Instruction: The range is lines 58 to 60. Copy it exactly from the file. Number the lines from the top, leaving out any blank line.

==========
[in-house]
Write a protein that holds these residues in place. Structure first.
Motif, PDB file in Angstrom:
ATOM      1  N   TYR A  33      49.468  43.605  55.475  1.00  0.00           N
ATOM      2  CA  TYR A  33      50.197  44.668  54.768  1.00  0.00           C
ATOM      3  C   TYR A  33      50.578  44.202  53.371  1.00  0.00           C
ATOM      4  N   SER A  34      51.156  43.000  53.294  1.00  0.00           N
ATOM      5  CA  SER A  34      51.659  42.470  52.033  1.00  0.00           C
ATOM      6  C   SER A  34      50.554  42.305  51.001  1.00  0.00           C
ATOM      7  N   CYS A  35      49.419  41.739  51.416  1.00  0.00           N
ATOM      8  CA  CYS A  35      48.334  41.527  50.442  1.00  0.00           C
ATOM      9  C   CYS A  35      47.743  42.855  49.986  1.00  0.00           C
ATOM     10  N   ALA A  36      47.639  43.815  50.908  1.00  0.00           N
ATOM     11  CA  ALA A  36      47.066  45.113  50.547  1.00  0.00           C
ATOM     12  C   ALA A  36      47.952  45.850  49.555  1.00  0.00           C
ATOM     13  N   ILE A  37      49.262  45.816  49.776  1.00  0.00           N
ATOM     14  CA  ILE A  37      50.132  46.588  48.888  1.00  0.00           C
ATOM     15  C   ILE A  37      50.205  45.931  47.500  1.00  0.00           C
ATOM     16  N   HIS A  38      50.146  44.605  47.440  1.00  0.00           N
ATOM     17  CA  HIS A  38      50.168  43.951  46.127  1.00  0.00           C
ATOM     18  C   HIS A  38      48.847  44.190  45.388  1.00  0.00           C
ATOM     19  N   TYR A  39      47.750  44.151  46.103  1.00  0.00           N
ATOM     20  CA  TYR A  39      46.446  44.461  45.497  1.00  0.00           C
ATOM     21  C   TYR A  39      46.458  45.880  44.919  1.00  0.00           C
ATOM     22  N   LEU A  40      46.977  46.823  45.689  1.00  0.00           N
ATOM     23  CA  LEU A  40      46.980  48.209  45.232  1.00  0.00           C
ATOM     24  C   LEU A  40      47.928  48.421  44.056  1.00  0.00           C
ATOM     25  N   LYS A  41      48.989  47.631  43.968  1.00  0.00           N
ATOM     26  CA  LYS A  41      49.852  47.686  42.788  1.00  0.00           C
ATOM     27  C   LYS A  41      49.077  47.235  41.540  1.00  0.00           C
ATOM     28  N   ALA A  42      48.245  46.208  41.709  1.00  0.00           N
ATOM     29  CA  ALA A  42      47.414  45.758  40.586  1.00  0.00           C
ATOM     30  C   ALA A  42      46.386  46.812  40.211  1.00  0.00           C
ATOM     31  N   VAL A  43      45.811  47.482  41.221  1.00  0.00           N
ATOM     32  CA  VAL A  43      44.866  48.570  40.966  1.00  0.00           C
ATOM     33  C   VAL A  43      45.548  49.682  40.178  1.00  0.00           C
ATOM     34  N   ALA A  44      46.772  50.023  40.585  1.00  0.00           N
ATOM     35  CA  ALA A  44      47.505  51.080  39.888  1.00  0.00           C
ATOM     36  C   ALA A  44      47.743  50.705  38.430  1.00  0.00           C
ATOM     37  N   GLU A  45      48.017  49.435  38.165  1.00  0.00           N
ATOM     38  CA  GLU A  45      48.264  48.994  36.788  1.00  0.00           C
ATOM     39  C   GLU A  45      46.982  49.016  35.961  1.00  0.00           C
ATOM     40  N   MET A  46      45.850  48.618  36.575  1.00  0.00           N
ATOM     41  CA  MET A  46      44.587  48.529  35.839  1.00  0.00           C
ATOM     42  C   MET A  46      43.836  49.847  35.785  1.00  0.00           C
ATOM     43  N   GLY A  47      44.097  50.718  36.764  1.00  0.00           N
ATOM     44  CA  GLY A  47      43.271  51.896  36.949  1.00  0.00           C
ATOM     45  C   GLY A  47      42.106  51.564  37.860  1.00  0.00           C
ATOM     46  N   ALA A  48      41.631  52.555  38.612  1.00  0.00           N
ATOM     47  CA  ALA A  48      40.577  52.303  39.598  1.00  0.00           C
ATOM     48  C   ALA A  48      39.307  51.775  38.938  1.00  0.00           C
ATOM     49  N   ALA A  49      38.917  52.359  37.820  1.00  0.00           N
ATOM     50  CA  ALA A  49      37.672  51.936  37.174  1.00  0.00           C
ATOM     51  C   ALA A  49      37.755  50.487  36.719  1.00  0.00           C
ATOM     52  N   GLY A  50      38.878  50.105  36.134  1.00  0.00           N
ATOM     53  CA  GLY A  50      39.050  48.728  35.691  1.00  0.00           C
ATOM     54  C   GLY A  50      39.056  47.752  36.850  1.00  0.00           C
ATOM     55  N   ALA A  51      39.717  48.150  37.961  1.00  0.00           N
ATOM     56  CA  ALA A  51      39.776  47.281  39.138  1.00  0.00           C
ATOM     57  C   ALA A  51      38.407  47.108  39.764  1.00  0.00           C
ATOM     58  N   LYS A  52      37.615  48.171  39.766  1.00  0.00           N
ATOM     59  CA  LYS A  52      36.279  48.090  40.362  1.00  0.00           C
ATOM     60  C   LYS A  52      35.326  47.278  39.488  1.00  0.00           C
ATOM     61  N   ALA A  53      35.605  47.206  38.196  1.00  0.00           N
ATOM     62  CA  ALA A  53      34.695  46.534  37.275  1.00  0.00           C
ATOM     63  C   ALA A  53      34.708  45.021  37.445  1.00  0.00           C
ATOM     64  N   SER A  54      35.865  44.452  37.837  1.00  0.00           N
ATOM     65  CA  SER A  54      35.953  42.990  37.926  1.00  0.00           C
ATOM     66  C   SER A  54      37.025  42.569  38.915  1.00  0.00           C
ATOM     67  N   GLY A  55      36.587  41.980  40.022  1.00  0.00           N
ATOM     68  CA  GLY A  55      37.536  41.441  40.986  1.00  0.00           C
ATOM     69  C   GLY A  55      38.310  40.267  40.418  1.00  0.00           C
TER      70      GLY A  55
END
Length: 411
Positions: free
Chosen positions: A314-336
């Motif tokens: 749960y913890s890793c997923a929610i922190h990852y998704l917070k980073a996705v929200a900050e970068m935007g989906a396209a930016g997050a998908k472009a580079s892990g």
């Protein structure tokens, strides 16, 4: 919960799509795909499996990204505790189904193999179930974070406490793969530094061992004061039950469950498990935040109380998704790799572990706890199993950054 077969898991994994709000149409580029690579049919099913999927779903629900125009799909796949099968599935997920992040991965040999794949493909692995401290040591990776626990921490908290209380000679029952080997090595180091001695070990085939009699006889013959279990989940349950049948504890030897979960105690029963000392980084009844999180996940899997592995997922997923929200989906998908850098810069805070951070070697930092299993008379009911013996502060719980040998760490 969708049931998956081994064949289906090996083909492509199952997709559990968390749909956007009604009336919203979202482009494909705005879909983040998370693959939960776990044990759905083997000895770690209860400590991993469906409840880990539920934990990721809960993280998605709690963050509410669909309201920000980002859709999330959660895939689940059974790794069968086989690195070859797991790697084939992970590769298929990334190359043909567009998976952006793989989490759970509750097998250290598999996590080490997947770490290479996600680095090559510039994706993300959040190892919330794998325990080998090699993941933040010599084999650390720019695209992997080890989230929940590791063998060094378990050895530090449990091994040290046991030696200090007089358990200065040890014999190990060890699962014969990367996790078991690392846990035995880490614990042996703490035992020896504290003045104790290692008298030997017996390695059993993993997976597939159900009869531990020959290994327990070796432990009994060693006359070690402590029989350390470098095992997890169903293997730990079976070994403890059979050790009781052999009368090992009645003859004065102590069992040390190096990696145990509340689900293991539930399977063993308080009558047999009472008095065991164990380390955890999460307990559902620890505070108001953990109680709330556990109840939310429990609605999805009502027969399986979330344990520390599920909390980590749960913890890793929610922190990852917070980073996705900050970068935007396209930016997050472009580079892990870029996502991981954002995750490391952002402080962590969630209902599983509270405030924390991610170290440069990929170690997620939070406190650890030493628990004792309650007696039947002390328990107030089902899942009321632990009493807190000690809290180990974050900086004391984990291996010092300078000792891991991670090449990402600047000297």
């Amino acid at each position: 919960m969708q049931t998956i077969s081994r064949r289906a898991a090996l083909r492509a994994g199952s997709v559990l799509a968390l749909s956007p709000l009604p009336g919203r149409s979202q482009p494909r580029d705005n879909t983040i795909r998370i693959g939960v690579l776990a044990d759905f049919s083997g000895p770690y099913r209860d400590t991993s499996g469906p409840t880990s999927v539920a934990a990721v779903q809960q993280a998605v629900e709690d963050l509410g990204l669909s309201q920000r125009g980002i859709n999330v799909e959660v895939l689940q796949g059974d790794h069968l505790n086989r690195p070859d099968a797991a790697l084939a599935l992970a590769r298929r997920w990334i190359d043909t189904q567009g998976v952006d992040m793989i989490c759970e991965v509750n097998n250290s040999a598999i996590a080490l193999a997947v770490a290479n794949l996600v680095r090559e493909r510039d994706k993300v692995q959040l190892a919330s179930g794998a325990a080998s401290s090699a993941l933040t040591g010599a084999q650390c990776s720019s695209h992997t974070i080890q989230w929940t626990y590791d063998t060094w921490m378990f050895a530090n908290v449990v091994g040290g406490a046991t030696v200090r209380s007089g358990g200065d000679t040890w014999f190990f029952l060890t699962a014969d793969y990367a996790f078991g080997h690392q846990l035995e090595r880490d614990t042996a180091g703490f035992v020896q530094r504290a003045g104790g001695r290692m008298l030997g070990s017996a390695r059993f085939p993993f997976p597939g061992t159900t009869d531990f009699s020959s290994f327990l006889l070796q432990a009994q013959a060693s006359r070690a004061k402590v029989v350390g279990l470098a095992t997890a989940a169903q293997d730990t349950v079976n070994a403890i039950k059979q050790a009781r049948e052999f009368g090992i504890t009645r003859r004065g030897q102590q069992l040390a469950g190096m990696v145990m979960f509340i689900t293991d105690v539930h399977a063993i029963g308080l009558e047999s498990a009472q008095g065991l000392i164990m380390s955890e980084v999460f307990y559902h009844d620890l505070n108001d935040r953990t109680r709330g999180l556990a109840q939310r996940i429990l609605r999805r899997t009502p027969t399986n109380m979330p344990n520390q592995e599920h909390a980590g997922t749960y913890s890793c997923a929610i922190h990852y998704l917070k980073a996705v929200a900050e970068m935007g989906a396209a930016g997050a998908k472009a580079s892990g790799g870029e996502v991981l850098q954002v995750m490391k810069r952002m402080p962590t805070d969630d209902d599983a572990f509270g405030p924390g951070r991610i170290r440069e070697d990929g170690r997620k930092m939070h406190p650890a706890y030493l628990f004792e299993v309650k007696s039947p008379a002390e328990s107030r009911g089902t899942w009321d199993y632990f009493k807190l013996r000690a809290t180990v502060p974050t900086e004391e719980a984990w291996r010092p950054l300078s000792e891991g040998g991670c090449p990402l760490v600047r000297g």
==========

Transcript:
ATOM     55  N   ALA A  51      39.717  48.150  37.961  1.00  0.00           N
ATOM     56  CA  ALA A  51      39.776  47.281  39.138  1.00  0.00           C
ATOM     57  C   ALA A  51      38.407  47.108  39.764  1.00  0.00           C